Dactinomycin. Dactinomycin [50-76-0] (actinomycin D, actinomycin Cl, Cosmegen), is the only actinomycin in clinical use.  [c.157]

Total synthesis of dactinomycin has been accompHshed, and at least thirty natural actinomycins and many synthetic and semisynthetic actinomycins have been tested (220,221,228). At one time cactinomycin [8052-16-2] (actinomycin C), a mixture of actinomycins D, C2, and C3, was sold as an antineoplastic.  [c.157]

Common Name Distamycin A  [c.1387]

Yon must consider these factors when decidingon sampling interval. There is no ideal interval for all iTiolecii les however, intervals ofO.5 1.0 ps are often used.  [c.80]

The recognition of specific nucleic acid sequences is important in the regulation of many biological processes. The antibiotic distamycin binds to the minor groove of the DNA double helix with a strong preference for A-T rich regions. The sequence specificity presumably results from hydrogen bonding between the amide NH groups of distamycin and 0-2 of thymine and N-3 of adenine. The stepwise peptide synthesis of distamycin (M. Bialer, 1978 L. Grehn, 1983, 1986 J.W. Lown, 1985) can be modified by attachment of EDTA-type chelands at the terminal amide and insertion of oligoethylene glycol type chelands in the centre of the oligomer chain (J.H. Griffin, 1987). The binding of the central amide groups to DNA in the hypothetical  [c.343]

Bleomycin and cyclosporine are the two economically most important streptomycete peptide antibiotics used as antitumor agents and immunomodulators, although dactinomycin is important medically for several tumors (see Chemotherapeutics, anticancer Immunotherapeutic agents).  [c.157]

Dactinomycin, an antineoplastic dmg, was discovered in 1943 and is made in rather pure form by StreptomjcesparvuUus. Dactinomycin has some bacteriostatic antibacterial and antifungal activity, but high toxicity limits its use to antineoplastic therapy. It may be used alone or with other antineoplastics, with or without surgery and synergistic x-ray therapy. Dose limiting bone marrow toxicity may result in low white cell and platelet count. Intestinal mucosal damage also occurs. Reviews of more detailed chemotherapeutic information are available (217—222).  [c.157]

Dactinomycin forms bright red, rhomboid prisms from absolute ethanol. Dactinomycin USP is a yellow lyophylized powder. It is soluble in water at 10°C, slightly soluble in water at 37°C, and soluble in ethanol Dactinomycin USP must be protected from light and should be preserved in air-tight containers and stored below 40°C. Great care must be taken in handling this extremely toxic dmg to avoid breathing the powder or getting dry powder or solutions on the skin. Dactinomycin is mutagenic, carcinogenic, and teratogenic. The LD q in mice, when given intravenously, is about 0.7 mg/kg body weight. Other properties, fermentation, and purification methods (223—226), and studies on biosynthesis by multien2yme complexes can be found in the hterature (227).  [c.157]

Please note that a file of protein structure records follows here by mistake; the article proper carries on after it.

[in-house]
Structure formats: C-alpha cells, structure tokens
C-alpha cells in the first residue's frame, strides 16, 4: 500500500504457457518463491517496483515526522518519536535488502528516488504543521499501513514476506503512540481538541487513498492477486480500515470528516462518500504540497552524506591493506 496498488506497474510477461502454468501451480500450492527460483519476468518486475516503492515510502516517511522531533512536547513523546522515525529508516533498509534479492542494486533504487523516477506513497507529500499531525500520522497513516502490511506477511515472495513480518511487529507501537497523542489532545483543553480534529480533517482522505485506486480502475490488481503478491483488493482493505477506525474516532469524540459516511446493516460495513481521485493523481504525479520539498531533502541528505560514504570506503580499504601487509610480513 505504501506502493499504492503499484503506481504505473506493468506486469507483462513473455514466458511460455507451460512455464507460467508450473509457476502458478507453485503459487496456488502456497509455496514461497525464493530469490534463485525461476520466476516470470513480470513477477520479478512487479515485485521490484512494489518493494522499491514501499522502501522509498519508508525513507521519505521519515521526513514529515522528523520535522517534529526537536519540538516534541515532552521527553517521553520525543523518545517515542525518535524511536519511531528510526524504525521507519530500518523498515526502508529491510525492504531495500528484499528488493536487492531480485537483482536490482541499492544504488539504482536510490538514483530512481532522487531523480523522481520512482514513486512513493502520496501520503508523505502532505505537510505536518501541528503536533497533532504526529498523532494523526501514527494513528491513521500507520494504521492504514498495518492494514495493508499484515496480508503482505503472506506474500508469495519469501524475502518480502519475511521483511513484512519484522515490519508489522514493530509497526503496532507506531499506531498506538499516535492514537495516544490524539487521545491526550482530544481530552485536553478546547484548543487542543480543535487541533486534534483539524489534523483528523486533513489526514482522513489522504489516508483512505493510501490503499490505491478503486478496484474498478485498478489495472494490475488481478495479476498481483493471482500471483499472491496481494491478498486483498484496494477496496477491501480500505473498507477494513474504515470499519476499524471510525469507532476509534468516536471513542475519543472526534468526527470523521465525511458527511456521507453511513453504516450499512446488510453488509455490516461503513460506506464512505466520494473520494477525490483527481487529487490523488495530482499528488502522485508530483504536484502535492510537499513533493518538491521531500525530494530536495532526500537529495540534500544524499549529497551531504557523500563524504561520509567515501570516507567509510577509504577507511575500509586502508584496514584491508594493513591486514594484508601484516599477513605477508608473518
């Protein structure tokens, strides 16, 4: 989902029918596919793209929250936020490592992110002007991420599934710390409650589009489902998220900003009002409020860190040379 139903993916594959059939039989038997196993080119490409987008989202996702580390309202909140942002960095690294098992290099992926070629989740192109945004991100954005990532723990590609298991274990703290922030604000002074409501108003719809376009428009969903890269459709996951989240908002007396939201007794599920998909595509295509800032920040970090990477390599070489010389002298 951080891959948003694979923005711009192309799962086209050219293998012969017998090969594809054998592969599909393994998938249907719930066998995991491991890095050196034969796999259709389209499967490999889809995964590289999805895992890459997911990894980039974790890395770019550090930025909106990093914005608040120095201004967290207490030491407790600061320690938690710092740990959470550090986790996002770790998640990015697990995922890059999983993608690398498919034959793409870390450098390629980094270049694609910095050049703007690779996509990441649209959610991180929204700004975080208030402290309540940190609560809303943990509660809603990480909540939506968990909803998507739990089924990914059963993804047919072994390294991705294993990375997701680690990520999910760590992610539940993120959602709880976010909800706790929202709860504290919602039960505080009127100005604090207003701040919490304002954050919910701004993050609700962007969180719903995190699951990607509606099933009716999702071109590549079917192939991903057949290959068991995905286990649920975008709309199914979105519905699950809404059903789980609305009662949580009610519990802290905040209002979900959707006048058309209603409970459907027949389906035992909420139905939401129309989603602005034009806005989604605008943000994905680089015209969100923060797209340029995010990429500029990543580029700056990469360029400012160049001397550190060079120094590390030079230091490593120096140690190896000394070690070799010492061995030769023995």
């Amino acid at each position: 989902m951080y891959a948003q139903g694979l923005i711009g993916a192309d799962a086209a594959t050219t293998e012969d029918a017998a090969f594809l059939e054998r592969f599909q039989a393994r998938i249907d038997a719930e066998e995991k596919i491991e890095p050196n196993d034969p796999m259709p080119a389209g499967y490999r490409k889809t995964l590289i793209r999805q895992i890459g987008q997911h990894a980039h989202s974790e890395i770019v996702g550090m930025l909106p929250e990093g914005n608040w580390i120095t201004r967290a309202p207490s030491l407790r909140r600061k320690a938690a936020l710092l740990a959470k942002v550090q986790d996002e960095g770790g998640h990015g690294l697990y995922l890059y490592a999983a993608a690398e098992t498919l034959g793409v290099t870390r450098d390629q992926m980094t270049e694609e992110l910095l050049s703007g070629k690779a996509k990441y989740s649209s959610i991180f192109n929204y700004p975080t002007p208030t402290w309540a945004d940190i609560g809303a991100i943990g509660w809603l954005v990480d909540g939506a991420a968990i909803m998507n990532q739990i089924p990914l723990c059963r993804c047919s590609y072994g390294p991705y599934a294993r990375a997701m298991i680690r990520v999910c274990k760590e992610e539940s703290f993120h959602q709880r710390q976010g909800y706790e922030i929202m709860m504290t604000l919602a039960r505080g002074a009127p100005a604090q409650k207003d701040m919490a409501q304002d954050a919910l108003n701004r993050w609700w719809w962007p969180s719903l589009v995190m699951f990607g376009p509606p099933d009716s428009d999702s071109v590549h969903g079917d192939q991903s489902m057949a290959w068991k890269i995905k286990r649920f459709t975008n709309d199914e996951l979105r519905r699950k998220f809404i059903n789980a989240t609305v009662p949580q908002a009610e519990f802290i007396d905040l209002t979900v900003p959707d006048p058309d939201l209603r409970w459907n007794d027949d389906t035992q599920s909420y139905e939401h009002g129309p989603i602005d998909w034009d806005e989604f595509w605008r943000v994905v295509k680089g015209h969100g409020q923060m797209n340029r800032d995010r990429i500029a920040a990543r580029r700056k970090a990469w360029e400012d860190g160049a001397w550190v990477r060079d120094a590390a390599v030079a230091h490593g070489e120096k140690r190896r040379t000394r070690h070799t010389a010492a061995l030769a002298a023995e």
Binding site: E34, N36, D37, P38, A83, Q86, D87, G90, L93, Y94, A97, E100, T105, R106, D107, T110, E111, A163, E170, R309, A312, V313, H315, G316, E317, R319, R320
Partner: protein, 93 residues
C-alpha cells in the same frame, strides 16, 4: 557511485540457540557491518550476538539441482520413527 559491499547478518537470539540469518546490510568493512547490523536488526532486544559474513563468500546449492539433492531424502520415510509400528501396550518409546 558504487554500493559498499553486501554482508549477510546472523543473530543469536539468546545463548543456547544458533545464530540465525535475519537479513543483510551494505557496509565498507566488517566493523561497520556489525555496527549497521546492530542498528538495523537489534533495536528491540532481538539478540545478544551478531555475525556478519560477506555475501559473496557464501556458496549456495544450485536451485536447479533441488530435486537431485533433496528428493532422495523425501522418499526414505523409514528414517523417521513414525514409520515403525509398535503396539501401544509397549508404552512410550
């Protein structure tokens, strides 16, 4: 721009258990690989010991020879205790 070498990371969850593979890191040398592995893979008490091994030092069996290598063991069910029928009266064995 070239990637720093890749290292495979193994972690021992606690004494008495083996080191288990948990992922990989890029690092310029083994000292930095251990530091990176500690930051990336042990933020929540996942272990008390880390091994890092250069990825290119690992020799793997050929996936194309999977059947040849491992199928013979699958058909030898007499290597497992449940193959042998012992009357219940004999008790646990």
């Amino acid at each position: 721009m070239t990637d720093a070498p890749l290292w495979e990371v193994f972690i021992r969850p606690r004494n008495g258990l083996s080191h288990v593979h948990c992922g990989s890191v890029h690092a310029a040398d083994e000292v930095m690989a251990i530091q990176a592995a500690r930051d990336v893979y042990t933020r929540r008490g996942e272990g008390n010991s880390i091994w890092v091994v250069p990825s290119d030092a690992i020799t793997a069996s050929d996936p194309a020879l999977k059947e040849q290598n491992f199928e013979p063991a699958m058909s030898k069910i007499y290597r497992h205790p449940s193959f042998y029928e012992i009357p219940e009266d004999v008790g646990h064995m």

Fig. 12. Stmcture of dactinomycin (actinomycin D) where MeVal = N-methylvaline and Sar = sarcosine. Fig. 12. Stmcture of dactinomycin (actinomycin D) where MeVal = N-methylvaline and Sar = sarcosine.
Dactinomycin is useful against several tumors especially Wilms tumor of the kidney and rhabdomyosarcoma. Wilms tumor normally requires a combination of surgery, x-ray irradiation, and dactinomycin plus vincristine [57-22-7] or other antitumor agents. Resistance of the multidmg  [c.157]

Dactinomycin intercalates into double stranded DNA inhibiting DNA-dependent RNA polymerase. Dactinomycin also can cause single strand breaks in DNA. Inhibition of DNA synthesis only takes place at higher concentrations of dmg. A molecular model for dactin omycin -DN A interaction has been proposed based in part on x-ray crystallography of a complex containing two molecules of deoxyguanosine and one of dactinomycin (230). Conformations of dactinomycin—oligonucleotide complexes are being studied by nmr (231,232).  [c.157]

To 17 C of a culture obtained by submerged fermentation as mentioned above, siliceous earth is added and the batch is filtered. The mixture of mycelium and the siliceous earth are agi-tatedforl hour with 2.5 Cof butanol. This treatment is repeated twice. Thebutanolic extracts are combined, washed with water, evaporated to dry ness (about 10 g) and boiled with acetone (80 ml). The residue (5.41 g of yellowish powder) is distamycin.  [c.1387]

See pages that mention the term Dactinomycin : [c.344]    [c.344]    [c.277]    [c.277]    [c.277]    [c.277]    [c.277]    [c.337]    [c.852]    [c.1053]    [c.1070]    [c.485]    [c.485]    [c.485]    [c.147]    [c.147]    [c.147]    [c.147]    [c.157]    [c.157]    [c.160]    [c.439]    [c.508]    [c.504]    [c.298]    [c.426]    [c.956]    [c.1387]    [c.1388]    [c.1606]    [c.1607]    [c.1687]    [c.1693]    [c.1693]    [c.1714]   
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Pharmaceutical manufacturing encyclopedia Edition 2  -> Dactinomycin